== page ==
Tuesday, August 21, 2012

Ancient Mesopotamia and the first civilizations

Men and women learned the land between the Tigris and Euphrates rivers was ideal for cultivation. The settled, hunted, ate plants, and ultimately learned to manage the land they lived upon.  They learned that by coming together they could better manage the land and the people within it.  They gathered together for both cultural and economic reasons.  They created the first great civilization called Sumeria.  

The land was later called Mesopotamia: the land between two rivers.  People started gathering here for thousands of years before the first civilizations formed.  They learned that by working together they could better manage the rivers.  They created canals and pumps to irrigate the land.  They created a written language to record when events occurred to they could predict when the floods would occur, and learn the best times for planting crops and harvesting them.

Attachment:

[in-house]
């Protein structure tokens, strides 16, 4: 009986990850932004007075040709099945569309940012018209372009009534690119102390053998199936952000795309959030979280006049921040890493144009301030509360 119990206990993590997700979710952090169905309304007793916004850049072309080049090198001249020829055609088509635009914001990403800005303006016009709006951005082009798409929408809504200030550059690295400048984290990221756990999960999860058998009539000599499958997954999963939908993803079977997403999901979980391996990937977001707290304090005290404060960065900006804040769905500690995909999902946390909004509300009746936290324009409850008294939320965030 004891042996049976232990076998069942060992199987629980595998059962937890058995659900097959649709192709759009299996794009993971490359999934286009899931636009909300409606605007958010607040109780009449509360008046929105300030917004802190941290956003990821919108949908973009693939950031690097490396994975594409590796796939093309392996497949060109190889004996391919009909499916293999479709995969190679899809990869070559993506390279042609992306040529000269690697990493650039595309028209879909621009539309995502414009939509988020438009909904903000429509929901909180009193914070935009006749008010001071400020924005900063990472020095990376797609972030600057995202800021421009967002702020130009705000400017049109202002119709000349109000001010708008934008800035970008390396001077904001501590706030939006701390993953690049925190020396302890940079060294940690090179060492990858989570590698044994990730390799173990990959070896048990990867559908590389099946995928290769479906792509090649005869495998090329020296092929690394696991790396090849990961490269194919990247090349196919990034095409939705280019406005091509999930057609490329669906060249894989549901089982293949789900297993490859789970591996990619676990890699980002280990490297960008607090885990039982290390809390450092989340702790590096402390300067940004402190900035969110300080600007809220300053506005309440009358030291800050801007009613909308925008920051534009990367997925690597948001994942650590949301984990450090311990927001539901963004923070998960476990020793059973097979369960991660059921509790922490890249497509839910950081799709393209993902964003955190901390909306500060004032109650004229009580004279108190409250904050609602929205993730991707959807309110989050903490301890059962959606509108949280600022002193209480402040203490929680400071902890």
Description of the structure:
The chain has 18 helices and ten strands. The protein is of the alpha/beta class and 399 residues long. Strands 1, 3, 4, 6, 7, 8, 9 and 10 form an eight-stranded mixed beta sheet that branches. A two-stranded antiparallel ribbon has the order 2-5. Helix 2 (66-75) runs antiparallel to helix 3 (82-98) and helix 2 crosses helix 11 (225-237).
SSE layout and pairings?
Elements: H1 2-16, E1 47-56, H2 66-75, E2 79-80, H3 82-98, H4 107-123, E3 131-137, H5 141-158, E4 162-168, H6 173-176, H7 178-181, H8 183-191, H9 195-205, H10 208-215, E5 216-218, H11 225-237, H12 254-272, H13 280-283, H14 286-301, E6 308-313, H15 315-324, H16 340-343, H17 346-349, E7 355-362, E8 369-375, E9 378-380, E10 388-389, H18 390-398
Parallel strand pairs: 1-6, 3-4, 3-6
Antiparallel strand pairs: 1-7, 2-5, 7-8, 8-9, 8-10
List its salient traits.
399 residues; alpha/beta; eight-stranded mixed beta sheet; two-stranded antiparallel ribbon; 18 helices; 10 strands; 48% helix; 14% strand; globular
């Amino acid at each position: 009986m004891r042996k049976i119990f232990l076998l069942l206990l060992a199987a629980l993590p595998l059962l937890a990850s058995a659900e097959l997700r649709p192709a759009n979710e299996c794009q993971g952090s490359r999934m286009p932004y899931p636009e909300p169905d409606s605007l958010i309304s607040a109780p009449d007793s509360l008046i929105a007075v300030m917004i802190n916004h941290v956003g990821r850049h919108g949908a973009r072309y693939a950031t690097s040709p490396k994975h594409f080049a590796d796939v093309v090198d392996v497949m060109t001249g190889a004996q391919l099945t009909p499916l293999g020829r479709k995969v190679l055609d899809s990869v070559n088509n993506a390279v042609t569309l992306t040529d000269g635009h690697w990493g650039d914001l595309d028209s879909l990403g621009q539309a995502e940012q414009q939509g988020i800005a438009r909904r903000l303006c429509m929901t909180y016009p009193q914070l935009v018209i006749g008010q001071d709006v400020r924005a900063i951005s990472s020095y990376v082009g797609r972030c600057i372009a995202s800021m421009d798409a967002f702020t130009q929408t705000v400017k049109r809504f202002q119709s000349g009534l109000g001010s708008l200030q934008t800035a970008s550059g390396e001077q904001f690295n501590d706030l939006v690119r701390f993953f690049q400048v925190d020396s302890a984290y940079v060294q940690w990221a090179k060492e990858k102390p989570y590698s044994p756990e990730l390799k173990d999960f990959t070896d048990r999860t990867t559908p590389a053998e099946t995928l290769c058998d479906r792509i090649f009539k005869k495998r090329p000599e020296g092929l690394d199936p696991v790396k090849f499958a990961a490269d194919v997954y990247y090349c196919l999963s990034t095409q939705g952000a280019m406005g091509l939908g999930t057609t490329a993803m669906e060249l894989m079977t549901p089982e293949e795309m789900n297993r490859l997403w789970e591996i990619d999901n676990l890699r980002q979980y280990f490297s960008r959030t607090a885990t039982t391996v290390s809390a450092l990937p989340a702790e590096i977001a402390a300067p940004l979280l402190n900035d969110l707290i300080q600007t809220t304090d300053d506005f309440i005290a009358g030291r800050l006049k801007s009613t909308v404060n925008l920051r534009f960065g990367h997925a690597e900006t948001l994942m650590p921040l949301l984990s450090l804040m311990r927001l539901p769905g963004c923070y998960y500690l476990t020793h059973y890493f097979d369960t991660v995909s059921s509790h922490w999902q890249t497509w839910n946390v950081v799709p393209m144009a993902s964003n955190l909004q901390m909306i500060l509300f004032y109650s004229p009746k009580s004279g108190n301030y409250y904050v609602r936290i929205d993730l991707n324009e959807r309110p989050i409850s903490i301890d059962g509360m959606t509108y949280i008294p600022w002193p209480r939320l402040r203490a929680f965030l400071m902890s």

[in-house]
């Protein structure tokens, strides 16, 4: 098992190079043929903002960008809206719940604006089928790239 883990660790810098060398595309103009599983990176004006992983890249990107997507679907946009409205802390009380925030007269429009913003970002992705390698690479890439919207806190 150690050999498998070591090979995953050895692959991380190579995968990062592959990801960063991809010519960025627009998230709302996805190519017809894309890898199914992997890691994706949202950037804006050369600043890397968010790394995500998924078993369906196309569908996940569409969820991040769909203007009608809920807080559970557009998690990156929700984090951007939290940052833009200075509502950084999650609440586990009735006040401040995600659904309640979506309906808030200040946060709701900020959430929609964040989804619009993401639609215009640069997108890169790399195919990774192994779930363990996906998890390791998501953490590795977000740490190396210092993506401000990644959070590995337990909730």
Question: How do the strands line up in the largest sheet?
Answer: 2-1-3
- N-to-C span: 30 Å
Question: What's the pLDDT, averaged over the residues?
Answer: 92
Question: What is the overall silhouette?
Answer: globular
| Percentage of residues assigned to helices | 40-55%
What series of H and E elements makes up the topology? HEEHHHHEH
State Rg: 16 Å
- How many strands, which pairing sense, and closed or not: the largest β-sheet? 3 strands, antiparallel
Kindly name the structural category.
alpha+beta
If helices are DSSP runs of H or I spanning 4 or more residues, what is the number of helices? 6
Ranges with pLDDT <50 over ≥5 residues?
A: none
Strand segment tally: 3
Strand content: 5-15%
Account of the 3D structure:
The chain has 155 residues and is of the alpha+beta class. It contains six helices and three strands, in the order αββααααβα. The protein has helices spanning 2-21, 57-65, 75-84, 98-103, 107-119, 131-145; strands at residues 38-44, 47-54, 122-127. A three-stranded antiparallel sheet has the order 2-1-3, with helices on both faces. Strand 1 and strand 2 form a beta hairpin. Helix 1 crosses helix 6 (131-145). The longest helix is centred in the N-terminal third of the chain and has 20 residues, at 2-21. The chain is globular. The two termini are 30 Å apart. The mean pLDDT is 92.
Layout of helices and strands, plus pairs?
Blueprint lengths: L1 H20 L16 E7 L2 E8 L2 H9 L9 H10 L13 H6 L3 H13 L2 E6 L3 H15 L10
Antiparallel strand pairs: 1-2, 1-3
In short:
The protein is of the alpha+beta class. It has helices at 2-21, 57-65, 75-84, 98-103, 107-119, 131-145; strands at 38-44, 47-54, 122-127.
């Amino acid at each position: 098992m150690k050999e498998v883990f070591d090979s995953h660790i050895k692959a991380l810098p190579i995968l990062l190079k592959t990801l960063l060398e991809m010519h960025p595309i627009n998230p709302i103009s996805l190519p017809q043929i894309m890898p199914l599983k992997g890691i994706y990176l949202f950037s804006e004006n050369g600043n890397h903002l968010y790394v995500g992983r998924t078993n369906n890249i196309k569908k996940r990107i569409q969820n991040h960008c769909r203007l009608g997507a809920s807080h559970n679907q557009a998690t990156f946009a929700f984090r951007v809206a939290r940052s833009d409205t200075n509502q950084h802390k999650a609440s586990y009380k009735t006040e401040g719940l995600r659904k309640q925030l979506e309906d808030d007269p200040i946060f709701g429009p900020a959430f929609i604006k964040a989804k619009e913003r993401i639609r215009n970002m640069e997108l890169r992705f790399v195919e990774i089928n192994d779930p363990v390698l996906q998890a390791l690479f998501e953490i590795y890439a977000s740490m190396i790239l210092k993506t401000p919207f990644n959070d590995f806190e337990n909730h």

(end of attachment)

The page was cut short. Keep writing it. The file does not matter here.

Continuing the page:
They formed cities that were states in themselves, called city-states.  Each city-state consisted of various huts build of reed and mud.  In the center of the city-state was a temple, called a zugurat, usually located on a hill.  It was a place of worship and sacrifice to the god of that city-state and several minor gods.  This god was served by the people, the farmers and slaves, and by the king who made sure the gods were pleased.  

Ultimately the city-states came together as one for economical and cultural reasons.  The king of one city-state would become the leader, and ultimately king.  The god of his city-state would become the main god, and his nation would sometimes become the name of the civilization.  It was in this way the first civilizations of Sumeria, Babylon and Assyria were formed.  

At different times other civilizations overpowered the Mesopotamian nations and assimilated its culture.  This is one of the neatest things about Ancient Mesopotamia is that while many different groups ruled the land at various times, the culture did not change. Their culture was so strong and significant much of what was adapted by it effects us to this day.

The first great nation formed when the city-states of the North, Upper Mesopotamia, came together to form Sumeria at around 3,200 B.C.  These people had a written language called cuneiform, and it was written on soft stone with a reed and sun-dried.